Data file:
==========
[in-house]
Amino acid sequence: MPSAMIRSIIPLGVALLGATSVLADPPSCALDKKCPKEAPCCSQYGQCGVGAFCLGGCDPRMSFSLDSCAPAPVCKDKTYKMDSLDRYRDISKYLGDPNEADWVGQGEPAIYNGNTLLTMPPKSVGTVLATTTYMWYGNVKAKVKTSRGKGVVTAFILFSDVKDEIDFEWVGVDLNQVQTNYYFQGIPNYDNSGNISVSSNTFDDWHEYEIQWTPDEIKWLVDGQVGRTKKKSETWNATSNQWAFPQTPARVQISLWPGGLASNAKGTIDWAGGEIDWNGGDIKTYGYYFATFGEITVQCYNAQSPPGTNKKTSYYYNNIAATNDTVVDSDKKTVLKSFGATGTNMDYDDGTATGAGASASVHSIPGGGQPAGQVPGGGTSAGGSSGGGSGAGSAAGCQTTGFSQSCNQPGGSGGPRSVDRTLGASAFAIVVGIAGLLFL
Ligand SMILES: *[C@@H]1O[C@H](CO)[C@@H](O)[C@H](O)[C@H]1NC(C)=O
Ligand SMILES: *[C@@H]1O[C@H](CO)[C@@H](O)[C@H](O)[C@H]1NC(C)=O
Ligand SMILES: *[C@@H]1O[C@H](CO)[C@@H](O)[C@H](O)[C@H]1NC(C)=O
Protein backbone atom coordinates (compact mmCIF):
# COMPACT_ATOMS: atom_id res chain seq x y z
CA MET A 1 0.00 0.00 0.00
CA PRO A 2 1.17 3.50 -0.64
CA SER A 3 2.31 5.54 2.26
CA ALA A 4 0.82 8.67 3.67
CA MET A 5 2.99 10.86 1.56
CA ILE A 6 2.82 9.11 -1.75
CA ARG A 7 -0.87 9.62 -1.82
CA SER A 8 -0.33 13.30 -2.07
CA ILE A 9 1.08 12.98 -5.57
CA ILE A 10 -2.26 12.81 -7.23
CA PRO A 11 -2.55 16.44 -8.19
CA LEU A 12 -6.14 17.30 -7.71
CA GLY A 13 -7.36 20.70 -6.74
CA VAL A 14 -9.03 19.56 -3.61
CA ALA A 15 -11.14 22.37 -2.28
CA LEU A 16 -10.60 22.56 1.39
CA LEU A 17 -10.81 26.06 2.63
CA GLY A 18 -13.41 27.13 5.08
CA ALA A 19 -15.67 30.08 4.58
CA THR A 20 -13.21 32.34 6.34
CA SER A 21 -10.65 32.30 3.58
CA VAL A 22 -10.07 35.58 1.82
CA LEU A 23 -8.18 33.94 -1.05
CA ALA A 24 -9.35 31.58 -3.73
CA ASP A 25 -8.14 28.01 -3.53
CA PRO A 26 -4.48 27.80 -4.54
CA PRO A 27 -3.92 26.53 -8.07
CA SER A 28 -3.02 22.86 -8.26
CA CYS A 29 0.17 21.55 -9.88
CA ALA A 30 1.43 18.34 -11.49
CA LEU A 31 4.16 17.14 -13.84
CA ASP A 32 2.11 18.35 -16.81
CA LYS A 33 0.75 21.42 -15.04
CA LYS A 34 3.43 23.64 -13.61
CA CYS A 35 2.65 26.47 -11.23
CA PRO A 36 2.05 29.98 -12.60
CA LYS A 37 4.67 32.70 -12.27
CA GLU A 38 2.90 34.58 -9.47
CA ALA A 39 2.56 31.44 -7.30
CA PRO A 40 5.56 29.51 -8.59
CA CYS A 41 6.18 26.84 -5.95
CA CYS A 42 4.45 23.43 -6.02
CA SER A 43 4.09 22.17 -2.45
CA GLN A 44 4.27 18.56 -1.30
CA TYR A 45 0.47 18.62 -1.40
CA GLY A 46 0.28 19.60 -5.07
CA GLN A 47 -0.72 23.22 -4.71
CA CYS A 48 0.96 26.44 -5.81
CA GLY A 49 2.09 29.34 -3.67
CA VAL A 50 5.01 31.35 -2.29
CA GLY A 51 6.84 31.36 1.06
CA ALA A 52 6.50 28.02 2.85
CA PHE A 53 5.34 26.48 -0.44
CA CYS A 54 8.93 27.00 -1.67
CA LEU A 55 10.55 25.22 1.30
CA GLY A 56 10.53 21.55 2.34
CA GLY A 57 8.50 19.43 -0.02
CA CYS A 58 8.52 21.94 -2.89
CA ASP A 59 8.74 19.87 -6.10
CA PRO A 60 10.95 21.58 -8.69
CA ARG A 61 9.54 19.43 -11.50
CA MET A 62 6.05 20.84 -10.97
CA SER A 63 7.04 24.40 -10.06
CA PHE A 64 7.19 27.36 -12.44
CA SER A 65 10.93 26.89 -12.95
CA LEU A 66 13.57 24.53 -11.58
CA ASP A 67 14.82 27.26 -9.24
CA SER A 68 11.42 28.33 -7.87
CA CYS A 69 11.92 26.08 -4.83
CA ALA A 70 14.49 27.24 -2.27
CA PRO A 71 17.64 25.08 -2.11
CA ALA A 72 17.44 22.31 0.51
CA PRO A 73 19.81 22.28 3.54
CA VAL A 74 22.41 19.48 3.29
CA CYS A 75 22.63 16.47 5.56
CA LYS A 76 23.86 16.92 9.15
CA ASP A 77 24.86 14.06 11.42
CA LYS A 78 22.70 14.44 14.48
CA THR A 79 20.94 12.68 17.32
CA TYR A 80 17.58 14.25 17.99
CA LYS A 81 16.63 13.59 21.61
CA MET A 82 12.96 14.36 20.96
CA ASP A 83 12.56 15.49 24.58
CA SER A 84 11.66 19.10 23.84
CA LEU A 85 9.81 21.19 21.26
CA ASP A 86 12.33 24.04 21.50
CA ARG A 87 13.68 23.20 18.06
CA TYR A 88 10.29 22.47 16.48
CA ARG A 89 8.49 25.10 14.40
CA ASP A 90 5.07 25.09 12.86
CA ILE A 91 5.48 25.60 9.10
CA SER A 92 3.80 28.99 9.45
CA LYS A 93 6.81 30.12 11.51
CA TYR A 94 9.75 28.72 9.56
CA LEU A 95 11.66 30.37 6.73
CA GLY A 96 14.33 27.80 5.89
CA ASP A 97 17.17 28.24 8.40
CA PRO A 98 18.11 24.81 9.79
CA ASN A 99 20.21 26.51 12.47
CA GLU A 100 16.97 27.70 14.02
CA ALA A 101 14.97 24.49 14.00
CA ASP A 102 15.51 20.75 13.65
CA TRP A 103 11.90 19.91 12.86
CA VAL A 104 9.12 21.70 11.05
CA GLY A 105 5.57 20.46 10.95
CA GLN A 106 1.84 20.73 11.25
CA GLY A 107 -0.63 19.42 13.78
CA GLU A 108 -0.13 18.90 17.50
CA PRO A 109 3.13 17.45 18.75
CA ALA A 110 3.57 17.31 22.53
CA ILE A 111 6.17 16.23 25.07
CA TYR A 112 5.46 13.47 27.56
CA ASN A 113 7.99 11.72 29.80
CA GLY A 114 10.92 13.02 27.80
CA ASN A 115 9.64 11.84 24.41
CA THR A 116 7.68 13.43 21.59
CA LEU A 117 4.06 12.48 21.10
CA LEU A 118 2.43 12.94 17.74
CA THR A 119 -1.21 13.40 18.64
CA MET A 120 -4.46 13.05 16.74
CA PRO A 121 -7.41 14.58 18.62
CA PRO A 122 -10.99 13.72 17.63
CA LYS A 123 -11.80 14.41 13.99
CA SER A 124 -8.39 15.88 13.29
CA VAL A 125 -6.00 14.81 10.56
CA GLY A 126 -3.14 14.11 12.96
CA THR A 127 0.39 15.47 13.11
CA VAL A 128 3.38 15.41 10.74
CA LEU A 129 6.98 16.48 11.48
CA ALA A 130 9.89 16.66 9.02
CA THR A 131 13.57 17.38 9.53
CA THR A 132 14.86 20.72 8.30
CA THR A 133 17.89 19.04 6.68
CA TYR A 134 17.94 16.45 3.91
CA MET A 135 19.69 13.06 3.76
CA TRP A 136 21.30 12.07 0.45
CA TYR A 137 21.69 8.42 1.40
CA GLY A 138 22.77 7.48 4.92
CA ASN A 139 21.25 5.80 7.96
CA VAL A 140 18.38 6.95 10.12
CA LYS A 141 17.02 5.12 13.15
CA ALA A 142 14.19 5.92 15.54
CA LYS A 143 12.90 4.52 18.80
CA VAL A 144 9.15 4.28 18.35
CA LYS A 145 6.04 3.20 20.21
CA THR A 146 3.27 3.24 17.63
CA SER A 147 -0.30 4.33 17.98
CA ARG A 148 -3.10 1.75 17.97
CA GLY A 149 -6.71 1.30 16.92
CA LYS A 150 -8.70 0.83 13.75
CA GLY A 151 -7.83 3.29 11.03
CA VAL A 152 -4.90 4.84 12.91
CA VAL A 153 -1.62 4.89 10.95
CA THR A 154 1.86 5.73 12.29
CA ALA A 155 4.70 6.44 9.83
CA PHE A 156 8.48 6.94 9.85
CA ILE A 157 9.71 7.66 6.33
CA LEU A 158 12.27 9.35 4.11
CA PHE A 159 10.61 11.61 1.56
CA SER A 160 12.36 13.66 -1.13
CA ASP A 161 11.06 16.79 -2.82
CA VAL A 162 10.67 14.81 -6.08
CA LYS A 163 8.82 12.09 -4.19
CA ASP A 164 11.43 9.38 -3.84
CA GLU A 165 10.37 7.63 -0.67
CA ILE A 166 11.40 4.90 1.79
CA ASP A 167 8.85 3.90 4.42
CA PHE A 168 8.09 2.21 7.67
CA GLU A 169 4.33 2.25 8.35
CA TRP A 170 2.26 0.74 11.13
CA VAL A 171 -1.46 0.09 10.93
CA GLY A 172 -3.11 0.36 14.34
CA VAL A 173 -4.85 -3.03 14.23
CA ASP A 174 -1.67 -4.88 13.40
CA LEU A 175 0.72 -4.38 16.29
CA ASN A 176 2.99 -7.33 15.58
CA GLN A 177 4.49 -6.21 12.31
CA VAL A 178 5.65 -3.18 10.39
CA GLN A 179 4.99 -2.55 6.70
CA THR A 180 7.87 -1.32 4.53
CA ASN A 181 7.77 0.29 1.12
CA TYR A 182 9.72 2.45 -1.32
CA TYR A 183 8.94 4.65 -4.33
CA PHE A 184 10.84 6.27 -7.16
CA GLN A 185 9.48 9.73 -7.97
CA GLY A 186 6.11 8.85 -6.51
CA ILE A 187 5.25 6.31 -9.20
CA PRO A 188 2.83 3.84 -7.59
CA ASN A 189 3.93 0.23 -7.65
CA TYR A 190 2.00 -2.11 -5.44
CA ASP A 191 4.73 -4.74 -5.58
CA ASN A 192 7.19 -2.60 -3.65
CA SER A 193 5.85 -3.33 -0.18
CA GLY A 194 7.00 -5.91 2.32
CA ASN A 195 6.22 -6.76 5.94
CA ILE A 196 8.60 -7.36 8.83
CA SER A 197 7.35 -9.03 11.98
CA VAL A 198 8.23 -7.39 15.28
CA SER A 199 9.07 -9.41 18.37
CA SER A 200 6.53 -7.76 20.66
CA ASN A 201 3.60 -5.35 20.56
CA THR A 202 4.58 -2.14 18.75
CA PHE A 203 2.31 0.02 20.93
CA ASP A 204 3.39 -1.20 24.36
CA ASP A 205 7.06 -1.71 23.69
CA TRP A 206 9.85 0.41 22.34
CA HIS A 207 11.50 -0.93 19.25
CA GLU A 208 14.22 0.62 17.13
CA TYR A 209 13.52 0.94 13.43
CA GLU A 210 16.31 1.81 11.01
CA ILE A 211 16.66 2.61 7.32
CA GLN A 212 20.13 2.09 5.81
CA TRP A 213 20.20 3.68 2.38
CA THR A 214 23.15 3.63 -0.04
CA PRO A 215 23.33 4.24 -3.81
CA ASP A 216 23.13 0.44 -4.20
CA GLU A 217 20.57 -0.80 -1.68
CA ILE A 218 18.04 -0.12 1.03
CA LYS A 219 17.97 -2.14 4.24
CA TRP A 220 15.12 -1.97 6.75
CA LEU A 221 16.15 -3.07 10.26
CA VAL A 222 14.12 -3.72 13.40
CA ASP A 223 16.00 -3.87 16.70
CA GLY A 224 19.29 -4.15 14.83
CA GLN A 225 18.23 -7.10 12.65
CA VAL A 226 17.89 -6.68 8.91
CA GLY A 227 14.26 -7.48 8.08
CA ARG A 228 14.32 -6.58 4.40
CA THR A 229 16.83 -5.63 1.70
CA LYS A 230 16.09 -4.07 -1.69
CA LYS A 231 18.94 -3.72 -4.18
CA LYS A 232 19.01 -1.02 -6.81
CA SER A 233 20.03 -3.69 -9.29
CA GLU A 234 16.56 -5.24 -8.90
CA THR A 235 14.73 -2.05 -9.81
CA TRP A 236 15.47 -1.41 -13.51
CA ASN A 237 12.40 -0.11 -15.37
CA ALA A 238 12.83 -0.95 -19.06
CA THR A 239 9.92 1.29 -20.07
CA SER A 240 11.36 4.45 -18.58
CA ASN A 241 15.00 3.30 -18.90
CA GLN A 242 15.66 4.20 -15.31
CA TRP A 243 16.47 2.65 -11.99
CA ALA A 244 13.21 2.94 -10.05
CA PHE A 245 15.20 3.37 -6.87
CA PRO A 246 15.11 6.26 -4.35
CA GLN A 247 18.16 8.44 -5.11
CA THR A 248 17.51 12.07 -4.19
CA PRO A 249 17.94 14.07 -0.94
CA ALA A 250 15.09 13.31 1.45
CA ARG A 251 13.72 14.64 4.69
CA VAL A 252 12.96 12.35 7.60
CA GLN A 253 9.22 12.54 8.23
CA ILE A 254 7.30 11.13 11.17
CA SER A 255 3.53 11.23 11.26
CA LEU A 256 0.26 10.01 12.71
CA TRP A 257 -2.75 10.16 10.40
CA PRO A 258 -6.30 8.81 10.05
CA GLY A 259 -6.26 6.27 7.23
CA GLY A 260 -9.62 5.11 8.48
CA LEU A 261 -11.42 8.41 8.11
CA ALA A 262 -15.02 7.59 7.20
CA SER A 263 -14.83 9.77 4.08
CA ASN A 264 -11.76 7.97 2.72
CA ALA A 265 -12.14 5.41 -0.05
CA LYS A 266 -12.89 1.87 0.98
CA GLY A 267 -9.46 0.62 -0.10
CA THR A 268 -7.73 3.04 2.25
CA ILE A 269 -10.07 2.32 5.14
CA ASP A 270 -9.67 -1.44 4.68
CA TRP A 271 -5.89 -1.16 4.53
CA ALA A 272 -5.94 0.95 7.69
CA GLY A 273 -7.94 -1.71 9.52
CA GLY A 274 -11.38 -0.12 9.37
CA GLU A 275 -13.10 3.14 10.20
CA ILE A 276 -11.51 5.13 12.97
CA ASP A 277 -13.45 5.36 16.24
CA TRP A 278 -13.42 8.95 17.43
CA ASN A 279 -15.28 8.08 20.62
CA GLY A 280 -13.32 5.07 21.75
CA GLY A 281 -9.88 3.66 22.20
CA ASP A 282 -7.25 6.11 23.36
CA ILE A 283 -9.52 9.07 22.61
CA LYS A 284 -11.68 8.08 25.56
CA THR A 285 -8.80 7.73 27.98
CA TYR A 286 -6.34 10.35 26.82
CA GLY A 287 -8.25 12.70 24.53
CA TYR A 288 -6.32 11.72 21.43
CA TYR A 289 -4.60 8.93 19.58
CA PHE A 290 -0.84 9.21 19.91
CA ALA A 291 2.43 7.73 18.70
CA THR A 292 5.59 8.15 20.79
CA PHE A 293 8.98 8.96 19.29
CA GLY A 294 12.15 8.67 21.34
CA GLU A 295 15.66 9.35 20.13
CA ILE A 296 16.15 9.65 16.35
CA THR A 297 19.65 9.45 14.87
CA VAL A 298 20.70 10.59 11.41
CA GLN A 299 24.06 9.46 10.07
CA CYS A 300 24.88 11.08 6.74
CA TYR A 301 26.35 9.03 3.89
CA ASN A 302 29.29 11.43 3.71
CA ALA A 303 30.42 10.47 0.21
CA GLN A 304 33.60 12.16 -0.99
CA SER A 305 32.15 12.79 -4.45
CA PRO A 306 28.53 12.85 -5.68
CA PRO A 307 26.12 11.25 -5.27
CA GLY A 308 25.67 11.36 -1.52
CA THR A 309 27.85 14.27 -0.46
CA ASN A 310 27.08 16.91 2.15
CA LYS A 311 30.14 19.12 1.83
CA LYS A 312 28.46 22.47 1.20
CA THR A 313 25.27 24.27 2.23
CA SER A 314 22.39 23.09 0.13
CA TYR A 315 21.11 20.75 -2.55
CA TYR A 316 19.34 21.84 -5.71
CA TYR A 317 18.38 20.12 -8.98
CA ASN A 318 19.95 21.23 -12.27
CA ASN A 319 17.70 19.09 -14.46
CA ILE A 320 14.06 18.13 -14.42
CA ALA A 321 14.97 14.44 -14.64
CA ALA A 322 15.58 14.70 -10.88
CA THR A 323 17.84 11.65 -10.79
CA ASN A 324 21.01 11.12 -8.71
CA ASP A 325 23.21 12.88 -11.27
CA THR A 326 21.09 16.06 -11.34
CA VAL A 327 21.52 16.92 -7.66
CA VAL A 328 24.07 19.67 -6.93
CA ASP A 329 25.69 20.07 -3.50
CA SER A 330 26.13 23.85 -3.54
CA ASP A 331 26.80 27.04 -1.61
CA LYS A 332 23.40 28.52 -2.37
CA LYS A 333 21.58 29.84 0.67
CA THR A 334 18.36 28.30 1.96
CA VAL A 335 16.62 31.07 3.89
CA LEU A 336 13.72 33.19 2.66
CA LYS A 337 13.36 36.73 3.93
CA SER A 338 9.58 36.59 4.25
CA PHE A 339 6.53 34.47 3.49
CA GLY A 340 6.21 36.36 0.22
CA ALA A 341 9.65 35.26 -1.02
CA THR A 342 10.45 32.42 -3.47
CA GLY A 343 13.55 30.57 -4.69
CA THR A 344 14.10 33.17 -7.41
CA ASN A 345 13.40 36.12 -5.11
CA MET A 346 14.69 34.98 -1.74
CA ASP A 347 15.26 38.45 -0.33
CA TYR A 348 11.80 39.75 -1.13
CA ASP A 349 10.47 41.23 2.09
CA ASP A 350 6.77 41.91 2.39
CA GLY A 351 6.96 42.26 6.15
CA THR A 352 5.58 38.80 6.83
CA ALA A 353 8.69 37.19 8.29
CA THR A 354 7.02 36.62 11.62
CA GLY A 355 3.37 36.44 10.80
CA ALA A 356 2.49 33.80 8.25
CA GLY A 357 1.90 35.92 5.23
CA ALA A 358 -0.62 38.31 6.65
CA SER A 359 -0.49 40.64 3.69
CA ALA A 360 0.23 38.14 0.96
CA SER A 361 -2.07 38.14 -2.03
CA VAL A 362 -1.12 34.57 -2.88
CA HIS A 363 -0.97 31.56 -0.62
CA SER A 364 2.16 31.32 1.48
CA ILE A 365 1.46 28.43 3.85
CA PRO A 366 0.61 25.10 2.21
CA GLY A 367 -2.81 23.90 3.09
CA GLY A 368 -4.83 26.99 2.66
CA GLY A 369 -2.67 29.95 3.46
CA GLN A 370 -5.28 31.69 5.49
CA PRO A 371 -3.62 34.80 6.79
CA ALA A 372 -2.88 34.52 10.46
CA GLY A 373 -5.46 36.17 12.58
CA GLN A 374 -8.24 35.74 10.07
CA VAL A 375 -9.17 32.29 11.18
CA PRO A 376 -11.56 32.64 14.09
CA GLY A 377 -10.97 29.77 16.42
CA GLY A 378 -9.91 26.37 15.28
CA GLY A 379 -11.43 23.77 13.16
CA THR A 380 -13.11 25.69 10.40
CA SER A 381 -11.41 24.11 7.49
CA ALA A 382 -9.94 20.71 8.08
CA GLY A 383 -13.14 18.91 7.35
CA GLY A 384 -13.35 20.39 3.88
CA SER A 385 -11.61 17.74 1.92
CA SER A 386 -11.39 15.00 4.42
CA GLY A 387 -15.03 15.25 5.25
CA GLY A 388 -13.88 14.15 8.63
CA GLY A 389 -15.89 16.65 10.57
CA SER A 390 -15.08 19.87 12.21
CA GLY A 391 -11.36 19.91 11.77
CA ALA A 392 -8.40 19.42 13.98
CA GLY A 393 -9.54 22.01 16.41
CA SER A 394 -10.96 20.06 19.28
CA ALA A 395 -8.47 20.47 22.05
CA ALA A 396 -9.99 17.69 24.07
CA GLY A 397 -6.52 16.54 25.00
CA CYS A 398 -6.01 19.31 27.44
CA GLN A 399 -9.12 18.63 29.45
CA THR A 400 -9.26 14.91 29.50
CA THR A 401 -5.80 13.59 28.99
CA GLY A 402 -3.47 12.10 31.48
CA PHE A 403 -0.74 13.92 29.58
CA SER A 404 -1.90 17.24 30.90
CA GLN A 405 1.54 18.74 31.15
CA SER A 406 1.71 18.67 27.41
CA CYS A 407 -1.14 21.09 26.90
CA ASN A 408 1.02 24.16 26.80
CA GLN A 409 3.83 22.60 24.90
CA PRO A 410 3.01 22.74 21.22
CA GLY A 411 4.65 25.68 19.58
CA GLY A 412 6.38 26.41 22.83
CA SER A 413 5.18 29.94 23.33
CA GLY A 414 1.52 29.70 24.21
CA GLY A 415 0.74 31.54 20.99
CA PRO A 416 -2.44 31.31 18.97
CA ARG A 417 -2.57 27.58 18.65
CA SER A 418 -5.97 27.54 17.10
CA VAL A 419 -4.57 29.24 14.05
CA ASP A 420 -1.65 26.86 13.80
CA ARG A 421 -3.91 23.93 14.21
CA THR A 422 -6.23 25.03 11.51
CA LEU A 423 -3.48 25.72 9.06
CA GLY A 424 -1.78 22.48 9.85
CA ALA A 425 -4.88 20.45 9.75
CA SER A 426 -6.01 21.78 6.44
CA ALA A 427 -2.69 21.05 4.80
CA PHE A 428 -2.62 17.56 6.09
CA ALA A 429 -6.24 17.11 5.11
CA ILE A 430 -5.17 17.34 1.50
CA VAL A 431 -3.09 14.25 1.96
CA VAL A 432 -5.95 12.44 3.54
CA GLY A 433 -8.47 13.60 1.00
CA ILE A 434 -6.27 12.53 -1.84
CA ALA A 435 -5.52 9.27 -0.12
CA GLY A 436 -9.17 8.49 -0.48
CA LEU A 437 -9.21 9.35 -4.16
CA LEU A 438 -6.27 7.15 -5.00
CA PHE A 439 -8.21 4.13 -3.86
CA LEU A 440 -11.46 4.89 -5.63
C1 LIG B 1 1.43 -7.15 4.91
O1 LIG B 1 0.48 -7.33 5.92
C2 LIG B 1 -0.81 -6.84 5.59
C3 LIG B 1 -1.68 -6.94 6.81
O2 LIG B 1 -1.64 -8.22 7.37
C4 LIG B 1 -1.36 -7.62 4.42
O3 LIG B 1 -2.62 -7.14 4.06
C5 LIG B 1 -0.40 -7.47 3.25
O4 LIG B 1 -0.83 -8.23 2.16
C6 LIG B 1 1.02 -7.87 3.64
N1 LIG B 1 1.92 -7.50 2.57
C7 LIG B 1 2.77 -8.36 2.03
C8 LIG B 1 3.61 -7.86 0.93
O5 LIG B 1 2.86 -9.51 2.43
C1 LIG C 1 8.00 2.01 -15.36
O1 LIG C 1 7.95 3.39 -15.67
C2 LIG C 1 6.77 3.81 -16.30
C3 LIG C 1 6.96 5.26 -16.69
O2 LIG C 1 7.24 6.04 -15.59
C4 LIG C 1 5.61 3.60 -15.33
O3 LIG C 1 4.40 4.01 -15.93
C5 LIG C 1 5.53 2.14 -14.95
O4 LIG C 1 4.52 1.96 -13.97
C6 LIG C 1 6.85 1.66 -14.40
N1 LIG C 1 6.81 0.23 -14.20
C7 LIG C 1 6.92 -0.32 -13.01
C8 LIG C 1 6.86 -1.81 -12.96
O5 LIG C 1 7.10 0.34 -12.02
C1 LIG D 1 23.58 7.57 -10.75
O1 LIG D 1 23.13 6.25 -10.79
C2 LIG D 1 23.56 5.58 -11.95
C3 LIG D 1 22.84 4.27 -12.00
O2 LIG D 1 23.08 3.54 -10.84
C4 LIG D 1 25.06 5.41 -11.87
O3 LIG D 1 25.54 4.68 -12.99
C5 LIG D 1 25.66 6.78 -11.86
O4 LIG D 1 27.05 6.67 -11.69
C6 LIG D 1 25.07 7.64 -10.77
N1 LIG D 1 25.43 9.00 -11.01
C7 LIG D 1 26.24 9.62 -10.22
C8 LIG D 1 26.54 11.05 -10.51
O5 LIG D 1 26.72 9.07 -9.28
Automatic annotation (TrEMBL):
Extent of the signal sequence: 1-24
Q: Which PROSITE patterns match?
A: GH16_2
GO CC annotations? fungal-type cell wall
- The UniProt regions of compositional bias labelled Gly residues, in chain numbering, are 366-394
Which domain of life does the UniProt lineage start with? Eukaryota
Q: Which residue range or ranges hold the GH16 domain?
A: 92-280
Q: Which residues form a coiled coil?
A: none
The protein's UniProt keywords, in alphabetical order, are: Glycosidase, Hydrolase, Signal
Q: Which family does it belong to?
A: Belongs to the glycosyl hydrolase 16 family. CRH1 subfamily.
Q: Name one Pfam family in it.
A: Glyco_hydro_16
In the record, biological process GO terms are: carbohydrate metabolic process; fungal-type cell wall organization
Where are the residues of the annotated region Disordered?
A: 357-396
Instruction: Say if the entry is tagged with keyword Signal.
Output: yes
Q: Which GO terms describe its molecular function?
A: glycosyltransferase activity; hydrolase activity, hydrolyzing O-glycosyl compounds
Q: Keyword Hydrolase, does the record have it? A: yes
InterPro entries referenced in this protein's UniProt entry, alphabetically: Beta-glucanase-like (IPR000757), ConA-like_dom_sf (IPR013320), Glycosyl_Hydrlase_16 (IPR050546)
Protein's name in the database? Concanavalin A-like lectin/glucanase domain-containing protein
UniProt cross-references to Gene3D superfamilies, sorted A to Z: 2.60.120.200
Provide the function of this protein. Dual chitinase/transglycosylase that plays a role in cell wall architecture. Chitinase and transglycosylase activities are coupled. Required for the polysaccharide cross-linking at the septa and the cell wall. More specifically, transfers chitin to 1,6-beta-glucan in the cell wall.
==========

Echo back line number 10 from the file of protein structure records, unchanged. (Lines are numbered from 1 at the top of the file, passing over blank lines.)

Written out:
CA SER A 3 2.31 5.54 2.26